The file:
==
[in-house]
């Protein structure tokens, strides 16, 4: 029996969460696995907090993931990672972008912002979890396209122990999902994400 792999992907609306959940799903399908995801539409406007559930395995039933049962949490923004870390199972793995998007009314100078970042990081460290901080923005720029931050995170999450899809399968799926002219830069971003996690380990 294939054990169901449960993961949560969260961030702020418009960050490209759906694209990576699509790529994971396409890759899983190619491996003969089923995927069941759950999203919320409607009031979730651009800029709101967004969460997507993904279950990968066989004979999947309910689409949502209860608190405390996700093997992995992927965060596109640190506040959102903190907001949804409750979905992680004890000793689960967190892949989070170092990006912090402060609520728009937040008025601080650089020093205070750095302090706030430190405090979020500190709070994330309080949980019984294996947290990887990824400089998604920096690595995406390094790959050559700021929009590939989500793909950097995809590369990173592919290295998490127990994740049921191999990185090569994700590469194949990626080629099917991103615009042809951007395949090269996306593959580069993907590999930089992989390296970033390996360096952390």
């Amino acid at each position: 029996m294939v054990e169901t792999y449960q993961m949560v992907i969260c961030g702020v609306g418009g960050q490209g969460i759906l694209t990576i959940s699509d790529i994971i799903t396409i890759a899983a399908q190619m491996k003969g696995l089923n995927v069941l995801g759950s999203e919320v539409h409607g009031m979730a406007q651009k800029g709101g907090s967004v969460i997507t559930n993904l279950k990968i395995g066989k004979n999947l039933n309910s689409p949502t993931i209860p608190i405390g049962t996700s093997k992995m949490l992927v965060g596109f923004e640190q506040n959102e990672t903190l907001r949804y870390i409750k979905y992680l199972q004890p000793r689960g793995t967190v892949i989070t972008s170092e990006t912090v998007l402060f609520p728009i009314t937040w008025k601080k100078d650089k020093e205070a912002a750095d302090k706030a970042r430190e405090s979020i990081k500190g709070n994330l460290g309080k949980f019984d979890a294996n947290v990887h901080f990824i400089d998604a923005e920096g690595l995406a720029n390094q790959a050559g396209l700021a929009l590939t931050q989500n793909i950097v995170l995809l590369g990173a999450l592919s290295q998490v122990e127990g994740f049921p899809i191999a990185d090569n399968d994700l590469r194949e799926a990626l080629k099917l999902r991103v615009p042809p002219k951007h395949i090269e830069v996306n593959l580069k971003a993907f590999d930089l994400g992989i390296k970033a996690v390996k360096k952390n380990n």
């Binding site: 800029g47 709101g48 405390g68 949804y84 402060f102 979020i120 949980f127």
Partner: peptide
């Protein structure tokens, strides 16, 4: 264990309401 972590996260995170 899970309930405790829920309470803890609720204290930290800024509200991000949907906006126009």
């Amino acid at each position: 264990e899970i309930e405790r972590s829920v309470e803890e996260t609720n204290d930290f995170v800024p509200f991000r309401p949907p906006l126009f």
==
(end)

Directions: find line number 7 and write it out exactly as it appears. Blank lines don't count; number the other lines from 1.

């Amino acid at each position: 264990e899970i309930e405790r972590s829920v309470e803890e996260t609720n204290d930290f995170v800024p509200f991000r309401p949907p906006l126009f």